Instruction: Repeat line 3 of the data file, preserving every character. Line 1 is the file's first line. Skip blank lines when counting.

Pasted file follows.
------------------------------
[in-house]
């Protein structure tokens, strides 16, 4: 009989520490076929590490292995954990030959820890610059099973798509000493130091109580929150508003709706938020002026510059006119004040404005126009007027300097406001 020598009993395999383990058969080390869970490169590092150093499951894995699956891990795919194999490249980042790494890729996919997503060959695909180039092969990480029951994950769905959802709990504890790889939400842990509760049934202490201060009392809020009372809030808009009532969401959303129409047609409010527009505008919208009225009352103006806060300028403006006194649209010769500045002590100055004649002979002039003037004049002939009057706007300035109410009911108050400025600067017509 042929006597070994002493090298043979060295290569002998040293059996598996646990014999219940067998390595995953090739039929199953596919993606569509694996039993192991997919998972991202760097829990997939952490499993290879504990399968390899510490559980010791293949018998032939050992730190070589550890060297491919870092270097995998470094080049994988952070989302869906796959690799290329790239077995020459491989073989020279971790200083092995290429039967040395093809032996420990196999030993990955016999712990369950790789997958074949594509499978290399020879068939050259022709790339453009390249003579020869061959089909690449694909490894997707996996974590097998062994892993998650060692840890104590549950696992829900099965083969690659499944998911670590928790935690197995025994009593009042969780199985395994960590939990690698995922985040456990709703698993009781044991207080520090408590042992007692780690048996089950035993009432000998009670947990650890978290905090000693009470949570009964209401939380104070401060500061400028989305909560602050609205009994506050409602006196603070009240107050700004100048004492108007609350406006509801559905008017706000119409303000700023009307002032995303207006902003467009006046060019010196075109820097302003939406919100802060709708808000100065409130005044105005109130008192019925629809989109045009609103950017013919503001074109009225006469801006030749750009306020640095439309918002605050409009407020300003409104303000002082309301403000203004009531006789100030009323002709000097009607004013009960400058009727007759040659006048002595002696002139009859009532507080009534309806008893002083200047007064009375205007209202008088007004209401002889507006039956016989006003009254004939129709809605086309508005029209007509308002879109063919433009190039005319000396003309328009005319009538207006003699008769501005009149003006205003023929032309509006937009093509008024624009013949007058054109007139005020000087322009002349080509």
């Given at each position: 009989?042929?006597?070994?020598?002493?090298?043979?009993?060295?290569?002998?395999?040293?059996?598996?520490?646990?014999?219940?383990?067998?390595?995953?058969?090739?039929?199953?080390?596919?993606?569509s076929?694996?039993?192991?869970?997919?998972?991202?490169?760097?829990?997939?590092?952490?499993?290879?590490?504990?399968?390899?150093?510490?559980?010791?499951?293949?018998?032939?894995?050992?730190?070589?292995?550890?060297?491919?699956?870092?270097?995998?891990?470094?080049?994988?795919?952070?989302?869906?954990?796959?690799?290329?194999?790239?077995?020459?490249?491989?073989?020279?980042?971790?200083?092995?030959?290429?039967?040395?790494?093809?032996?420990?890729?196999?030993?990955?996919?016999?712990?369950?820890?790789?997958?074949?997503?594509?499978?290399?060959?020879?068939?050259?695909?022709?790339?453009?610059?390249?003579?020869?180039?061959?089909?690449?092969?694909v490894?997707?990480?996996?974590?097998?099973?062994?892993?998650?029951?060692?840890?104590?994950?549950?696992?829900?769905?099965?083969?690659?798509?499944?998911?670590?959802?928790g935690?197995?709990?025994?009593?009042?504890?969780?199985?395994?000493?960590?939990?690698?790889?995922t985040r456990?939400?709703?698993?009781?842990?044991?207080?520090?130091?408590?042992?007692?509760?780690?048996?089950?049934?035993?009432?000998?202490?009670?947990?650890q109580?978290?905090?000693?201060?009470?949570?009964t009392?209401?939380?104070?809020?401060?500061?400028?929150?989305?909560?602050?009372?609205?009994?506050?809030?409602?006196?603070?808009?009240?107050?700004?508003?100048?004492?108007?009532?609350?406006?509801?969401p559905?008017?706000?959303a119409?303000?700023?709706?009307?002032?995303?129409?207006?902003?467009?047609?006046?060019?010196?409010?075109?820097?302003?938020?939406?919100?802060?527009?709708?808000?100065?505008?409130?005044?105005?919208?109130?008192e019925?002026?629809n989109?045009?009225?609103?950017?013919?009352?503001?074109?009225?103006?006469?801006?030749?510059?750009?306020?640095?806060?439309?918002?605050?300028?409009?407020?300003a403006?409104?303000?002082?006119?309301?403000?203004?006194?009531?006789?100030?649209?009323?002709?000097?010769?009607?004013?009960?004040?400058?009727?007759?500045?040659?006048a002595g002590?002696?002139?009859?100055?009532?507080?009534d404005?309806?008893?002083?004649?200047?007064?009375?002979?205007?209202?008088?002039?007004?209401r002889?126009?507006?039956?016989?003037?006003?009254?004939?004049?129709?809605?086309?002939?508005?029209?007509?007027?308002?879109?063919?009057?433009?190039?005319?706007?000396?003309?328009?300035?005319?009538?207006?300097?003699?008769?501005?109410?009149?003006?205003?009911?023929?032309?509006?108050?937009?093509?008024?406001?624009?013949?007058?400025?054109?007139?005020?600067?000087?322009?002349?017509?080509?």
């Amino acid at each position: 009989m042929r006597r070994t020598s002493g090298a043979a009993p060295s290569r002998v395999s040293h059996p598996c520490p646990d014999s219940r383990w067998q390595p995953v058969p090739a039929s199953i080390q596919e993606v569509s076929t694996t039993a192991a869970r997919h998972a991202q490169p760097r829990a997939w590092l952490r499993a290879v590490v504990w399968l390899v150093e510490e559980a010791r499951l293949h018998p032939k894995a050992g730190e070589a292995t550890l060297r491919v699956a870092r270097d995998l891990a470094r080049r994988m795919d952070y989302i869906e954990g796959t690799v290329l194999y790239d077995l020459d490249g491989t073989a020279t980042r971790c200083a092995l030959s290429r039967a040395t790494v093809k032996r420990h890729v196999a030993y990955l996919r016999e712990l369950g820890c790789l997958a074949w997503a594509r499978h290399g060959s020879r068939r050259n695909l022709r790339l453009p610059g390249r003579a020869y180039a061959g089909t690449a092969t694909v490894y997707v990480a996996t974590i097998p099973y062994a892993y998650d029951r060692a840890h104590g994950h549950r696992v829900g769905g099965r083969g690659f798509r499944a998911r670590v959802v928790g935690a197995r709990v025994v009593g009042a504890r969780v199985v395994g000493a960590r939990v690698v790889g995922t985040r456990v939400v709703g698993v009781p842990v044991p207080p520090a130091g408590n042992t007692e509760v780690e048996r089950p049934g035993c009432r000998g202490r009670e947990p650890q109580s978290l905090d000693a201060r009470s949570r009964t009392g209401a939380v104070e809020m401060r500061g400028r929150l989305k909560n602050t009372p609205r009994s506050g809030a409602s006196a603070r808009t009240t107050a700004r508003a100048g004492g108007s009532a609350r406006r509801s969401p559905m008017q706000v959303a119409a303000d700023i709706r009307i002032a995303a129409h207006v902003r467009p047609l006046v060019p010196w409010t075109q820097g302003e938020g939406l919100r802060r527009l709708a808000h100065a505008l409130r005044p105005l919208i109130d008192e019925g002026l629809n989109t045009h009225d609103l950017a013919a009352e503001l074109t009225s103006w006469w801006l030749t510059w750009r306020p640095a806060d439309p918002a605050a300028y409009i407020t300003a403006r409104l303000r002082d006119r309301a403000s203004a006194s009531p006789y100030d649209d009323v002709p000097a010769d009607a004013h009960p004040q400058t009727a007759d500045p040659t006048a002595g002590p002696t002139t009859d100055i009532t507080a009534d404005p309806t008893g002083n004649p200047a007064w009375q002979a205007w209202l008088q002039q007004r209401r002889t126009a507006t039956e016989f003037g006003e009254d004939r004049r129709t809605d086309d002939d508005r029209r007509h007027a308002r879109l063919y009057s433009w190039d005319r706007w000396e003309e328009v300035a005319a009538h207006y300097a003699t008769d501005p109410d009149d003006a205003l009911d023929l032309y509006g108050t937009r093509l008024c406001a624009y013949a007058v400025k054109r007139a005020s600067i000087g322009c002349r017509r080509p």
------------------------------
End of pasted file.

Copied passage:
């Given at each position: 009989?042929?006597?070994?020598?002493?090298?043979?009993?060295?290569?002998?395999?040293?059996?598996?520490?646990?014999?219940?383990?067998?390595?995953?058969?090739?039929?199953?080390?596919?993606?569509s076929?694996?039993?192991?869970?997919?998972?991202?490169?760097?829990?997939?590092?952490?499993?290879?590490?504990?399968?390899?150093?510490?559980?010791?499951?293949?018998?032939?894995?050992?730190?070589?292995?550890?060297?491919?699956?870092?270097?995998?891990?470094?080049?994988?795919?952070?989302?869906?954990?796959?690799?290329?194999?790239?077995?020459?490249?491989?073989?020279?980042?971790?200083?092995?030959?290429?039967?040395?790494?093809?032996?420990?890729?196999?030993?990955?996919?016999?712990?369950?820890?790789?997958?074949?997503?594509?499978?290399?060959?020879?068939?050259?695909?022709?790339?453009?610059?390249?003579?020869?180039?061959?089909?690449?092969?694909v490894?997707?990480?996996?974590?097998?099973?062994?892993?998650?029951?060692?840890?104590?994950?549950?696992?829900?769905?099965?083969?690659?798509?499944?998911?670590?959802?928790g935690?197995?709990?025994?009593?009042?504890?969780?199985?395994?000493?960590?939990?690698?790889?995922t985040r456990?939400?709703?698993?009781?842990?044991?207080?520090?130091?408590?042992?007692?509760?780690?048996?089950?049934?035993?009432?000998?202490?009670?947990?650890q109580?978290?905090?000693?201060?009470?949570?009964t009392?209401?939380?104070?809020?401060?500061?400028?929150?989305?909560?602050?009372?609205?009994?506050?809030?409602?006196?603070?808009?009240?107050?700004?508003?100048?004492?108007?009532?609350?406006?509801?969401p559905?008017?706000?959303a119409?303000?700023?709706?009307?002032?995303?129409?207006?902003?467009?047609?006046?060019?010196?409010?075109?820097?302003?938020?939406?919100?802060?527009?709708?808000?100065?505008?409130?005044?105005?919208?109130?008192e019925?002026?629809n989109?045009?009225?609103?950017?013919?009352?503001?074109?009225?103006?006469?801006?030749?510059?750009?306020?640095?806060?439309?918002?605050?300028?409009?407020?300003a403006?409104?303000?002082?006119?309301?403000?203004?006194?009531?006789?100030?649209?009323?002709?000097?010769?009607?004013?009960?004040?400058?009727?007759?500045?040659?006048a002595g002590?002696?002139?009859?100055?009532?507080?009534d404005?309806?008893?002083?004649?200047?007064?009375?002979?205007?209202?008088?002039?007004?209401r002889?126009?507006?039956?016989?003037?006003?009254?004939?004049?129709?809605?086309?002939?508005?029209?007509?007027?308002?879109?063919?009057?433009?190039?005319?706007?000396?003309?328009?300035?005319?009538?207006?300097?003699?008769?501005?109410?009149?003006?205003?009911?023929?032309?509006?108050?937009?093509?008024?406001?624009?013949?007058?400025?054109?007139?005020?600067?000087?322009?002349?017509?080509?």